An Exploded Bill of Materials, sometimes referred to as a Parts Explosion, is a report of all of the parts of parts used to produce an assembly. Typically the tables which define such relationships link back to themselves. Neither SQL nor XENTIS is particularly suited to this problem, but this report discusses how XENTIS can be used to successfully tackle the problem..
A saveset with the dictionary, data files and reports discussed in this report are available from GrayMatter Software on request.
In a Parts Explosion, an assembly is composed of parts. The parts may (or may not) in turn be assemblies, which are also composed of parts, and so on. The two challenges which will be encountered are:
The approach used in this example is to start with a list of parts of interest, basically to answer the question "how many of these do we need to make one of those?". This is a "bottom up" approach: we know what part(s) we're interested in, and we need to crawl up the tree to see if they are used in an assembly, and if so how many times... and then if that assembly is used in an assembly, and if so how many times.
Some things are known about the database:
Bear in mind that these postulates are not the only circumstances in which a bill of materials for a parts explosion can be produced; rather, they define the topology of the database, and certain nuances of the reporting strategy must be changed when the topology changes.
Three files are utilized:
This is our file of parts of interest. It is a sequential file.
field description PART Part number of a part of interest.
This file cross-references part numbers and part names..
field description PART_NO Part number of the part (unique). PART_DESC The part name.
This file links back to itself, and describes which parts comprise assemblies.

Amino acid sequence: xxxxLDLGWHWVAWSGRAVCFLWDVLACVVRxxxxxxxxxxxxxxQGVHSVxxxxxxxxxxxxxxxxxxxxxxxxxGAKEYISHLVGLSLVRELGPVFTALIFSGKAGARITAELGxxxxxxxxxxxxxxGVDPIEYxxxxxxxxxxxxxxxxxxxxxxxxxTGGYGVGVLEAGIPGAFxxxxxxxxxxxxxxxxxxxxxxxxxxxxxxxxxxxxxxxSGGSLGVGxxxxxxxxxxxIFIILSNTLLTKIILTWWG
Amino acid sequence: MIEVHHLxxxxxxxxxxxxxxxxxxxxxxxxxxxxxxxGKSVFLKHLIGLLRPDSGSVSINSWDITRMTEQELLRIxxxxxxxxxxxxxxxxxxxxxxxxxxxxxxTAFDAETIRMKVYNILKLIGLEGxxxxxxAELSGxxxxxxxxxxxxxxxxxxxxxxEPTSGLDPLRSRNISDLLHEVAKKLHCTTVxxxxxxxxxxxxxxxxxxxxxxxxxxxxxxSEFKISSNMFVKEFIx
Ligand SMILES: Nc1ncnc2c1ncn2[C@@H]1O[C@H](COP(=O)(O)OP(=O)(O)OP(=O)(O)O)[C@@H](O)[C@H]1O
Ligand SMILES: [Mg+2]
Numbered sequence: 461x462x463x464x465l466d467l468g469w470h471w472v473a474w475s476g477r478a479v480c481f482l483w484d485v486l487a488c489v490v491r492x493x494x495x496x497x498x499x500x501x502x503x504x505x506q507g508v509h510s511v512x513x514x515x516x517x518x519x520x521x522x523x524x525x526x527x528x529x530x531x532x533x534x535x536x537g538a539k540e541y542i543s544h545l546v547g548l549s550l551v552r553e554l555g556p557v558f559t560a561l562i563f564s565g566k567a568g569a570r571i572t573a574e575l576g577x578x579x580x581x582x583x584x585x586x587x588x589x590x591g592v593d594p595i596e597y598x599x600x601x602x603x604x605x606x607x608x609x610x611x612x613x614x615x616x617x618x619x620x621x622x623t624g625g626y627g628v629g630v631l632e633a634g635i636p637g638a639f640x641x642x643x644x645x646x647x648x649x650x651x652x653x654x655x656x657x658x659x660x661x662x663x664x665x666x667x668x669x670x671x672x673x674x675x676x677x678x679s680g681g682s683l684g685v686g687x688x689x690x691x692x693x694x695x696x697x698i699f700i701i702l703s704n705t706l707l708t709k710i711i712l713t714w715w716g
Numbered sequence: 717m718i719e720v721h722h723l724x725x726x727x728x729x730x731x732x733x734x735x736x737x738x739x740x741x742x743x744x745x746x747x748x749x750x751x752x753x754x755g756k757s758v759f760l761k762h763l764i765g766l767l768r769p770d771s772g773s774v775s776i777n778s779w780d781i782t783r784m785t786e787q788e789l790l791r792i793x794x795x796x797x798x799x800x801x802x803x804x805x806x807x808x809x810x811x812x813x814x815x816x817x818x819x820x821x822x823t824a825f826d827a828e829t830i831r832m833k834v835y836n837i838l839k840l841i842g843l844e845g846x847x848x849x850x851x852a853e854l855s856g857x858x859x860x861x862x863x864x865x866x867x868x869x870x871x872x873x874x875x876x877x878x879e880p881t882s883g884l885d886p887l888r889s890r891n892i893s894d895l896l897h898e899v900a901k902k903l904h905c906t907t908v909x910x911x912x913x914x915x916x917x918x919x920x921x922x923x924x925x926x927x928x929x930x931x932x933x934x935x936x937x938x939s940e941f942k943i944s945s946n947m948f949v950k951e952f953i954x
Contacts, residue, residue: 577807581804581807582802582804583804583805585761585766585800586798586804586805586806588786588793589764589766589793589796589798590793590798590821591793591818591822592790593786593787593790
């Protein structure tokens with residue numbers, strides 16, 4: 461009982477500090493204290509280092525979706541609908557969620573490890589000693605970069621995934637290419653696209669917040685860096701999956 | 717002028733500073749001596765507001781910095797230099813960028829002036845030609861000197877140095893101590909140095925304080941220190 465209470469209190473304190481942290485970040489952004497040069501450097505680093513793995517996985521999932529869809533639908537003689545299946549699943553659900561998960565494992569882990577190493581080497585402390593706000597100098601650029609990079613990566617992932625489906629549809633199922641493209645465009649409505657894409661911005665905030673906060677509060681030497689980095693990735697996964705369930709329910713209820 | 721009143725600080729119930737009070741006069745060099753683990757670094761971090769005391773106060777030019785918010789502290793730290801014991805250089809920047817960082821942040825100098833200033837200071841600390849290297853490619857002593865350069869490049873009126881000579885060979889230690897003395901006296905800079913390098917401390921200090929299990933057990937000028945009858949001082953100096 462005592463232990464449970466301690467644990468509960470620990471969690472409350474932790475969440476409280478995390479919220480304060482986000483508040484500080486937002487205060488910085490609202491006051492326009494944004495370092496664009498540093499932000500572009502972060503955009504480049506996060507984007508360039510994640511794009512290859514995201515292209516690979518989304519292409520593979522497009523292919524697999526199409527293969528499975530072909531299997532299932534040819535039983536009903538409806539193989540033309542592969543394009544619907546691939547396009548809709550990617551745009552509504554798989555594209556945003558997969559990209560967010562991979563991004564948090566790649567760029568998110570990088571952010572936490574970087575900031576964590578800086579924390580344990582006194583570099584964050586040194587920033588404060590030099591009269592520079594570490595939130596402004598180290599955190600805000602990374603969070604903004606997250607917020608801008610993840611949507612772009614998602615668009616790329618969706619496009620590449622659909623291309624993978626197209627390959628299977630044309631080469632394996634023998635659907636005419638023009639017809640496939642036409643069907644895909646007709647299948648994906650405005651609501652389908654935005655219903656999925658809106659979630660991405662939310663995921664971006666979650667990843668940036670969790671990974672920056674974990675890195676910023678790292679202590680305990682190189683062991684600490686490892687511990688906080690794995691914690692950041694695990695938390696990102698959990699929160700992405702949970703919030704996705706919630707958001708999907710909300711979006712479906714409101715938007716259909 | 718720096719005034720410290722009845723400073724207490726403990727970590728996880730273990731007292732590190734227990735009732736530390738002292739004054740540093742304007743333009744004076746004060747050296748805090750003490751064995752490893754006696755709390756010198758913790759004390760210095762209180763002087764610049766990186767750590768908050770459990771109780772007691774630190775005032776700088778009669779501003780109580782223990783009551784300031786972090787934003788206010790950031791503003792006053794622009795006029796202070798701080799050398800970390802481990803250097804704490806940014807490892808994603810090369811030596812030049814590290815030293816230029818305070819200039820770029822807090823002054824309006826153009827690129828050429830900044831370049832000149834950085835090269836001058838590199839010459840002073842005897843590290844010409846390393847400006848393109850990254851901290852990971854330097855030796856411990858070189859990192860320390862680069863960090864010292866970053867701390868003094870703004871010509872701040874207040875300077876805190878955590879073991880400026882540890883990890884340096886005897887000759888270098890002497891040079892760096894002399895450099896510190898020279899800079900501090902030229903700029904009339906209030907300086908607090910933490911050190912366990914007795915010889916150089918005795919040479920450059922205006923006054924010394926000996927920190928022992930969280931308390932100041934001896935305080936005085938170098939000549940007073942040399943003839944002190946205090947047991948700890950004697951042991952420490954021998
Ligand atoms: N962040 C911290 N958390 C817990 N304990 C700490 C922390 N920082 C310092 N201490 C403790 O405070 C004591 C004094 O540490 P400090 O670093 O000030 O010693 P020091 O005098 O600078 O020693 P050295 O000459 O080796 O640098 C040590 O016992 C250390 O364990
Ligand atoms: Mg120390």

field description COMPONENT Component part number. Represents an instance of this part as a component of an assembly. PARENT Part number of the assembly which this instance of the component becomes part of. QUANTITY Number of units of the part (COMPONENT) which are required to produce the assembly (PARENT).
Rather than reproduce the files and keys sections of the report here, the data is presented in a tabular form in the hopes that it will be more understandable in that format.
file number/letter file name fields to build key 1/A PARTS_LIST not applicable 2/B PART_MASTER PART_NO = A:PART 3/C BILL_OF_MATERIALS COMPONENT = A:PART 4/D PART_MASTER PART_NO = C:PARENT 5/E BILL_OF_MATERIALS COMPONENT = C:PARENT 6/F PART_MASTER PART_NO = E:PARENT 7/G BILL_OF_MATERIALS COMPONENT = E:PARENT 8/H PART_MASTER PART_NO = G:PARENT 9/I BILL_OF_MATERIALS COMPONENT = G:PARENT
All files are joined with Multiple records "N" and Replace missing data with zeros/nulls "Y". Notice how the BILL_OF_MATERIALS file refers to itself.
In the previous section we replaced missing data with zeros and nulls. This means that when we get to the "top level", even if it's not at file I, we'll still get the records which were in the tree up to that point. It also plays into our calculation which multiplies the quantities to determine the total number of parts of interest used in the assembly of interest.
B_QUANTITY = C:QUANTITY B_QUANTITY = 1 IF (C:QUANTITY = 0) D_QUANTITY = E:QUANTITY D_QUANTITY = 1 IF (E:QUANTITY = 0) F_QUANTITY = G:QUANTITY F_QUANTITY = 1 IF (G:QUANTITY = 0) H_QUANTITY = I:QUANTITY H_QUANTITY = 1 IF (I:QUANTITY = 0) PART_QTY = B_QUANTITY * D_QUANTITY * F_QUANTITY * H_QUANTITY
The final piece of the puzzle is that
we can use the following selection logic:
O ! Type of selection logic is "OR" C:PARENT = 2 ! Selection expression 1 E:PARENT = 2 ! Selection expression 2 G:PARENT = 2 ! Selection expression 3 I:PARENT = 2 ! Selection expression 4